For the past several months, in anticipation of this vote, a groundbreaking grassroots lobbying mobilization had taken place, involving a coalition of 13 national Jewish organizations, rabbis, Jewish lay leaders and Presbyterian allies across the country, working together to change the perceptions of the delegates about the accuracy and legitimacy of the report. The effort was ultimately successful and a compromise report, in which much of the language most troubling to Jewish groups had been modified or replaced, was accepted by the 700 delegates.

In analyzing why this effort succeeded, James Besser, Washington correspondent for The Jewish Week of New York commented that the General Assembly vote is "a reminder of the value of looking for ways to build bridges to our opponents, not just try to blow them out of the water. In other words, it's an affirmation of the community relations process, ... community relations at its best. It's not as easy as issuing the harsh press release, and maybe not as emotionally satisfying - but in the long term it may be a whole lot more productive."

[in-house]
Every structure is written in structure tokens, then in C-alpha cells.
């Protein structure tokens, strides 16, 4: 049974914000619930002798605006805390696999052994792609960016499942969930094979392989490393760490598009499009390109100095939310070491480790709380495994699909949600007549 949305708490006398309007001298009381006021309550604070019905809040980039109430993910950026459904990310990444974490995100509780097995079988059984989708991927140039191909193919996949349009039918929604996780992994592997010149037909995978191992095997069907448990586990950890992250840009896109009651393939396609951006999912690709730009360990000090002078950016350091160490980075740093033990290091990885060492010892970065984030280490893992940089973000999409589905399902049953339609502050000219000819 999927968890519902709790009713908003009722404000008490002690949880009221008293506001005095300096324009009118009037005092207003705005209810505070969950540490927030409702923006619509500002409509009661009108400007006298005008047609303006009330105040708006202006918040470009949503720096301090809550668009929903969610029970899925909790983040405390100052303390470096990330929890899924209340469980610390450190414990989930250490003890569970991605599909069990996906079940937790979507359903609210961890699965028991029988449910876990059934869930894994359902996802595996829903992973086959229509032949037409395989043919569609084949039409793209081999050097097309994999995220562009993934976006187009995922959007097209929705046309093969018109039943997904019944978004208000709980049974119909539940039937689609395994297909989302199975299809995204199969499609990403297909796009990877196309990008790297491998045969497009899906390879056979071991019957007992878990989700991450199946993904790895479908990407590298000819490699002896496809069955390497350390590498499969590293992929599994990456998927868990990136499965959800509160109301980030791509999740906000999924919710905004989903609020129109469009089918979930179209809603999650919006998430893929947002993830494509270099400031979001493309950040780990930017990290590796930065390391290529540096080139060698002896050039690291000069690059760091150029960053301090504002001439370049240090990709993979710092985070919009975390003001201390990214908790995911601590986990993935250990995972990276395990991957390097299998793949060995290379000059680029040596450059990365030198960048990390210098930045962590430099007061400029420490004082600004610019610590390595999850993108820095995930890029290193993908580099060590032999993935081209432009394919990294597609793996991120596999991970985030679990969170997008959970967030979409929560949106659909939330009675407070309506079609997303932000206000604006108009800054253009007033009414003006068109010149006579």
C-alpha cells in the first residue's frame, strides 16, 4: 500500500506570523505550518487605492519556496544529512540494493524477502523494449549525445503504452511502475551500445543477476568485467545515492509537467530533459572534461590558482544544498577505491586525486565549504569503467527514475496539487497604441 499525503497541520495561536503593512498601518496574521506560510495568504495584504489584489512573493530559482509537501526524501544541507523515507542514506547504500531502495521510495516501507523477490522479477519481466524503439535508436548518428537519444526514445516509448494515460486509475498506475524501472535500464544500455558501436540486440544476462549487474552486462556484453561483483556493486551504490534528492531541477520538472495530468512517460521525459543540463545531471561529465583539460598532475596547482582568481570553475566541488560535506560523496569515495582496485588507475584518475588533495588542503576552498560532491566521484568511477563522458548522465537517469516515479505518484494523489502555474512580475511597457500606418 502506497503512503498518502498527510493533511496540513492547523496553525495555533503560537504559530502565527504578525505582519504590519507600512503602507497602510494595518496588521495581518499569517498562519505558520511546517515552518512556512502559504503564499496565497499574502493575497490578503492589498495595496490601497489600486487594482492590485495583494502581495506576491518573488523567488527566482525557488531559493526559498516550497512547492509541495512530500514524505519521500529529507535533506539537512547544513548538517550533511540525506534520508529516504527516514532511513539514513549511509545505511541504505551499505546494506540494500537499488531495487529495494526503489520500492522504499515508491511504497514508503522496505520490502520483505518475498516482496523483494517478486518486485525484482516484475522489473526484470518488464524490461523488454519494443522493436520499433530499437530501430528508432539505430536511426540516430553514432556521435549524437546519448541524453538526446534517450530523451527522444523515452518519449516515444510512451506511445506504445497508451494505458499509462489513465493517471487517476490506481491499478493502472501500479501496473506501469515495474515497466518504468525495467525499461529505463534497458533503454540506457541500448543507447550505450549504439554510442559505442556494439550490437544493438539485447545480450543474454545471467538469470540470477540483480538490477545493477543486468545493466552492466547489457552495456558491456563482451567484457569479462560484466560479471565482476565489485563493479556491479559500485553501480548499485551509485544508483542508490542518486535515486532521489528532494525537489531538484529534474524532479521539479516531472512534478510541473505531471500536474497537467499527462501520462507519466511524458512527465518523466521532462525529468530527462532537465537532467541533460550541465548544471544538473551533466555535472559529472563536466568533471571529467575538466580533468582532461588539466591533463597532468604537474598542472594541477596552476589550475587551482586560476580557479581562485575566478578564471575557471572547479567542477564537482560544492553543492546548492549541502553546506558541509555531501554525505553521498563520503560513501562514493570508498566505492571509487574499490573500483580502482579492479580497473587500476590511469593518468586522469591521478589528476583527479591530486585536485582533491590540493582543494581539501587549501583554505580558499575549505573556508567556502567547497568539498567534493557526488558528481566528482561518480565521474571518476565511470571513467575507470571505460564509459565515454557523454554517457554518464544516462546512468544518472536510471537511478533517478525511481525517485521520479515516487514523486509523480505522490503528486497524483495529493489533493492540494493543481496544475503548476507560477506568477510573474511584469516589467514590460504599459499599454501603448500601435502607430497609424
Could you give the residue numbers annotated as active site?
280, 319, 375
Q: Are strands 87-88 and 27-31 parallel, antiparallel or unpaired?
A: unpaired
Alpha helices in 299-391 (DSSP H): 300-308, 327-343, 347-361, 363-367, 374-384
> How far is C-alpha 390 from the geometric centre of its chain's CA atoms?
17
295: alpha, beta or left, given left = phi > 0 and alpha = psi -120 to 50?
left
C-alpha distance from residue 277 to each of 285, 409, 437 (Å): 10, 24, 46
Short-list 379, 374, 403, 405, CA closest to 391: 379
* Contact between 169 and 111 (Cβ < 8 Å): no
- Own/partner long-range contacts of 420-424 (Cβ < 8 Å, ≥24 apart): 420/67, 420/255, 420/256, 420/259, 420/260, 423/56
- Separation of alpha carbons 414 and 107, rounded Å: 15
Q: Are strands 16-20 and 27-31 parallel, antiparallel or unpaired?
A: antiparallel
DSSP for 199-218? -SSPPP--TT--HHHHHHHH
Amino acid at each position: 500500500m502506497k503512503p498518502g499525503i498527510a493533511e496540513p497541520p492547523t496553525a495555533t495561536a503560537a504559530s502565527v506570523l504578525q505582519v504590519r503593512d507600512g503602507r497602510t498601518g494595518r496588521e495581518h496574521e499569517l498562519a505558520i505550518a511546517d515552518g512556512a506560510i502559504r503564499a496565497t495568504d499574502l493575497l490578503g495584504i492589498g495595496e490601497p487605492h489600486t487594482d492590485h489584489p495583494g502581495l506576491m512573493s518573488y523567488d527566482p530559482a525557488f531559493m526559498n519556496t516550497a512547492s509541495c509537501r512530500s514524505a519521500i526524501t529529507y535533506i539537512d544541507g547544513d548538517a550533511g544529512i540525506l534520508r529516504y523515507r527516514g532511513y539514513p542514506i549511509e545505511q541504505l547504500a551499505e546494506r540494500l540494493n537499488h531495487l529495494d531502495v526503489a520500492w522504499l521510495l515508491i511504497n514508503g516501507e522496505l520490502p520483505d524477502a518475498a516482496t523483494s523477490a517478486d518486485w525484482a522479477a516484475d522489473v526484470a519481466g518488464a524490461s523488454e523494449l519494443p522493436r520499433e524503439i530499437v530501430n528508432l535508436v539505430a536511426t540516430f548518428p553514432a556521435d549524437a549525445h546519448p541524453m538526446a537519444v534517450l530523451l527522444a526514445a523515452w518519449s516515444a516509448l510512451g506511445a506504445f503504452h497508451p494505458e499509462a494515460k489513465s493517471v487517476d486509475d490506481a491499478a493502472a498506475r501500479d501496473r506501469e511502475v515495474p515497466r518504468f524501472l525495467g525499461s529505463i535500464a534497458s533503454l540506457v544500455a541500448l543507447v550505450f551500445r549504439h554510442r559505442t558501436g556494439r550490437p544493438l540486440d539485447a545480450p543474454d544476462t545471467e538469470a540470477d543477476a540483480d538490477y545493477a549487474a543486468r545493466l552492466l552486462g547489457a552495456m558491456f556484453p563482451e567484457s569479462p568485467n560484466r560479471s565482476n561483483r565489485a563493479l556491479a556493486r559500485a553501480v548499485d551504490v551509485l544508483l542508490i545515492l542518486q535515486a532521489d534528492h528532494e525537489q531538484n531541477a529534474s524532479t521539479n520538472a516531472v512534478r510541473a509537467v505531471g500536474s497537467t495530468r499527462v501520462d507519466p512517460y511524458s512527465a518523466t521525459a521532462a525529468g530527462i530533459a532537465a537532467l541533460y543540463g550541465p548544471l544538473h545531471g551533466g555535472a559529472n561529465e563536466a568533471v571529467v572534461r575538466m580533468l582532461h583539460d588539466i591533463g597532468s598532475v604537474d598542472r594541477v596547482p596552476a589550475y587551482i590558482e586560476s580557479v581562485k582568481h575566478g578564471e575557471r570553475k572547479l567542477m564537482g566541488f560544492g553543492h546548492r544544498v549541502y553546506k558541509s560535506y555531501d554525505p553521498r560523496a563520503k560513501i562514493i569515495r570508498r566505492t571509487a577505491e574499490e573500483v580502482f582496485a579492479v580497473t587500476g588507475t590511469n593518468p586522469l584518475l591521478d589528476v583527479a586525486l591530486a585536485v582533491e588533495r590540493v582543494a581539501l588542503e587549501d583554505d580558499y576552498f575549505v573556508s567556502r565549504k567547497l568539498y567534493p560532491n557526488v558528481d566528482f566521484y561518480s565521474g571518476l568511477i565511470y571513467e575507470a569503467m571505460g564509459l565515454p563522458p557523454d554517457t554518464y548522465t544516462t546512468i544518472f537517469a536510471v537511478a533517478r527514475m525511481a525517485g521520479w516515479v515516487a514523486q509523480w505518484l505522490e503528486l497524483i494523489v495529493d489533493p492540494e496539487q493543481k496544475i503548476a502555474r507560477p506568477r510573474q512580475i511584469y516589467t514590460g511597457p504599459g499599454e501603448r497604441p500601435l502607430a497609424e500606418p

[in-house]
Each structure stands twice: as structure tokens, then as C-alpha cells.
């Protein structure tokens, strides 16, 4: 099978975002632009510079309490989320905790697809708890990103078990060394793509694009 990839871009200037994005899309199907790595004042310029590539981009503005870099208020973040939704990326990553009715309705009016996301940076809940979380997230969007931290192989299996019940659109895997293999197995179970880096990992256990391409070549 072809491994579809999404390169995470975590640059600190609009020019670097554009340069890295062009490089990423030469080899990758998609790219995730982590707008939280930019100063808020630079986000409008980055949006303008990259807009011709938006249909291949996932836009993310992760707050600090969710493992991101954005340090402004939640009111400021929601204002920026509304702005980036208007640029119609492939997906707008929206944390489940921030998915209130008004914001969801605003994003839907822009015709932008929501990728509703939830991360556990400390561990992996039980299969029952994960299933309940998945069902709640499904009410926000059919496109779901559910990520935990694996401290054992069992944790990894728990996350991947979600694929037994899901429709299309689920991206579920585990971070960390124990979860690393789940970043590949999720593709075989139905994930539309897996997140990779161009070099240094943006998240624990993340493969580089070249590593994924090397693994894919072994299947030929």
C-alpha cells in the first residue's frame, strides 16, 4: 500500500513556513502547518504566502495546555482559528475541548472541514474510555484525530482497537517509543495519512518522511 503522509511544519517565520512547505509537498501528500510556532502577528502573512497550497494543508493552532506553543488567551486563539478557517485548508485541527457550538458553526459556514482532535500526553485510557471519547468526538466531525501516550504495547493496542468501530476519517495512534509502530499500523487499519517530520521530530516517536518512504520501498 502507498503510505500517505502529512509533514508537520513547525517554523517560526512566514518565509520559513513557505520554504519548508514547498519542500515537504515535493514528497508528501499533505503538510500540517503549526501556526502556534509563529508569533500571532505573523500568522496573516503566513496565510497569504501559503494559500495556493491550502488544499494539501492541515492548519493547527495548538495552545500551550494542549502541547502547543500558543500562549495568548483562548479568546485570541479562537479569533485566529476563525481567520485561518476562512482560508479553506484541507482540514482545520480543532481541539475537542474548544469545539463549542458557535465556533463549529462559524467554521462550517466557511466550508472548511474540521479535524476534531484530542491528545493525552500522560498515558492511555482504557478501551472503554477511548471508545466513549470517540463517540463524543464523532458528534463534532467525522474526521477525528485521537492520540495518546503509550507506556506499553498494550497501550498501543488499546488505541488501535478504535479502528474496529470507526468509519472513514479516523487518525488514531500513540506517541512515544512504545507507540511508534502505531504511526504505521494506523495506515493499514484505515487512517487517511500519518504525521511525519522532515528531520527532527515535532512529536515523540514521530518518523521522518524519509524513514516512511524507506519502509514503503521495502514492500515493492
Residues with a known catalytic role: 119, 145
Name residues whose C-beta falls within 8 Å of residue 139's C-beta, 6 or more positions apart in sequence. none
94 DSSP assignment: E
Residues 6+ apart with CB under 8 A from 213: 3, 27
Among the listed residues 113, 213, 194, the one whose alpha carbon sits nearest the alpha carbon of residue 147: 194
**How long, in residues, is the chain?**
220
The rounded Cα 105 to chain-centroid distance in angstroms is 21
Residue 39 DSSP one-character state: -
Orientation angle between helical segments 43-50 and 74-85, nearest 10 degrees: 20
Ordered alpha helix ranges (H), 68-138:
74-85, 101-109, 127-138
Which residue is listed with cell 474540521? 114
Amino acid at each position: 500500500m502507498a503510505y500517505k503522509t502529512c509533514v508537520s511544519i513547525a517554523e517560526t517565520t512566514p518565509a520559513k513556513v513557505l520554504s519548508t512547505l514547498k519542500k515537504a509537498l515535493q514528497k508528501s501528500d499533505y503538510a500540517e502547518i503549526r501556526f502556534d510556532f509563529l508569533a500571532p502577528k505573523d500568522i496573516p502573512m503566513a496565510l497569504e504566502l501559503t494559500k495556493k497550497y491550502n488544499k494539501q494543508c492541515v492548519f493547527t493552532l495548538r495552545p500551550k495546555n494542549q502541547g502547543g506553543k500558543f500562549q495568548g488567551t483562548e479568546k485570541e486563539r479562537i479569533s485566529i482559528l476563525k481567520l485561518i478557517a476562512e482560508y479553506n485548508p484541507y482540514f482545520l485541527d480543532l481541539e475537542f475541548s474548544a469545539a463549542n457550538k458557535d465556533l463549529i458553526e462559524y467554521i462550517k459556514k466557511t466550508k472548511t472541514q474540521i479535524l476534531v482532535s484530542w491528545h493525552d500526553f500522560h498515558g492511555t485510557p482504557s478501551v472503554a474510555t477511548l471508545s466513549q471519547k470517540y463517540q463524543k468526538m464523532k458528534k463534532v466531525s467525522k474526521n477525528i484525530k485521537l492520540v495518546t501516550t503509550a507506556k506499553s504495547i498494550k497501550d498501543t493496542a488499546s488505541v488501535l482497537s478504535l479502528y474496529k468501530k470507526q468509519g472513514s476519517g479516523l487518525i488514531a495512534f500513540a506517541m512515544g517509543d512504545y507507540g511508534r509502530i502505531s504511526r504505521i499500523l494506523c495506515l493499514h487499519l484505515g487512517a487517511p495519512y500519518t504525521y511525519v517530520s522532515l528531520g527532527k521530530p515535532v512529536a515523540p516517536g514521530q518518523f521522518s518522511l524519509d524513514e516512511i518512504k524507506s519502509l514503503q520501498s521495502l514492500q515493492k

To read "The Presbyterians, Israel and the value of community relations" by James Besser in its entirety, click here.

 

Women's Role in Holocaust May Exceed Old Notions
Isabel Kershner is a British-Israeli journalist and author who has been reporting from Jerusalem for The New York Times since 2007. In an article which appeared on July 18, 2010, she discussed the research of Wendy Lower, an American historian who had formerly worked at the Holocaust Memorial Museum in Washington, DC and is now teaching and doing research at Ludwig-Maximilians-Universitat in Munich, Germany.

In her research, Ms. Lower "has drawn attention to the number of seemingly ordinary German women, ... far greater than previously thought," who participated in the genocide "as perpetrators, accomplices or passive witnesses. ... While most did not bloody their own hands, the acts of those who did seemed all the more perverse because they operated outside the concentration camp system, on their own initiative.